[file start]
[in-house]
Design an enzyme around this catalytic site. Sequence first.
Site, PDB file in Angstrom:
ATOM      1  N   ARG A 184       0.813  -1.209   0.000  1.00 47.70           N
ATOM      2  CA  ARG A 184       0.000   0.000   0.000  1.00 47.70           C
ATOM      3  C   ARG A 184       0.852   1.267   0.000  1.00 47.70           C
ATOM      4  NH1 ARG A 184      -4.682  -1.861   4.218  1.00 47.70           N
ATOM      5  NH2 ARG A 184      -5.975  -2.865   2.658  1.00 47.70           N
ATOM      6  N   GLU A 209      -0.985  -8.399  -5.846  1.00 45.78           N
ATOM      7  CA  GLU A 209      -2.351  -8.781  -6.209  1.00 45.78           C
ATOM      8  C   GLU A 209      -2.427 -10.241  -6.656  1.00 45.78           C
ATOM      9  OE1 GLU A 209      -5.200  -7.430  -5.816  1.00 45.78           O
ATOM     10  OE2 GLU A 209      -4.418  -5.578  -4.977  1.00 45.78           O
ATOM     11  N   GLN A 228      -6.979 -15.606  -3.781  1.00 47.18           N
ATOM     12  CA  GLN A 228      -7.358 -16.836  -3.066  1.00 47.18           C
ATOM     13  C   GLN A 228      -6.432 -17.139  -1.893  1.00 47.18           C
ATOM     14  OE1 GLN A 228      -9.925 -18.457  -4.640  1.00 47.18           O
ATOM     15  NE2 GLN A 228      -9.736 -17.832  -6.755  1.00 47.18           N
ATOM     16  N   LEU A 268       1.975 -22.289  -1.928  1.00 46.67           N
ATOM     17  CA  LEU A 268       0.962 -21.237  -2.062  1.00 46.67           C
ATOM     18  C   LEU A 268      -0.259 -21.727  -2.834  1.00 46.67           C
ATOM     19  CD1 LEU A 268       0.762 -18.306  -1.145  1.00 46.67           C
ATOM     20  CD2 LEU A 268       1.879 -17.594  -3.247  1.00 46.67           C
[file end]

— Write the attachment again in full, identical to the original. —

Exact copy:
[in-house]
Design an enzyme around this catalytic site. Sequence first.
Site, PDB file in Angstrom:
ATOM      1  N   ARG A 184       0.813  -1.209   0.000  1.00 47.70           N
ATOM      2  CA  ARG A 184       0.000   0.000   0.000  1.00 47.70           C
ATOM      3  C   ARG A 184       0.852   1.267   0.000  1.00 47.70           C
ATOM      4  NH1 ARG A 184      -4.682  -1.861   4.218  1.00 47.70           N
ATOM      5  NH2 ARG A 184      -5.975  -2.865   2.658  1.00 47.70           N
ATOM      6  N   GLU A 209      -0.985  -8.399  -5.846  1.00 45.78           N
ATOM      7  CA  GLU A 209      -2.351  -8.781  -6.209  1.00 45.78           C
ATOM      8  C   GLU A 209      -2.427 -10.241  -6.656  1.00 45.78           C
ATOM      9  OE1 GLU A 209      -5.200  -7.430  -5.816  1.00 45.78           O
ATOM     10  OE2 GLU A 209      -4.418  -5.578  -4.977  1.00 45.78           O
ATOM     11  N   GLN A 228      -6.979 -15.606  -3.781  1.00 47.18           N
ATOM     12  CA  GLN A 228      -7.358 -16.836  -3.066  1.00 47.18           C
ATOM     13  C   GLN A 228      -6.432 -17.139  -1.893  1.00 47.18           C
ATOM     14  OE1 GLN A 228      -9.925 -18.457  -4.640  1.00 47.18           O
ATOM     15  NE2 GLN A 228      -9.736 -17.832  -6.755  1.00 47.18           N
ATOM     16  N   LEU A 268       1.975 -22.289  -1.928  1.00 46.67           N
ATOM     17  CA  LEU A 268       0.962 -21.237  -2.062  1.00 46.67           C
ATOM     18  C   LEU A 268      -0.259 -21.727  -2.834  1.00 46.67           C
ATOM     19  CD1 LEU A 268       0.762 -18.306  -1.145  1.00 46.67           C
ATOM     20  CD2 LEU A 268       1.879 -17.594  -3.247  1.00 46.67           C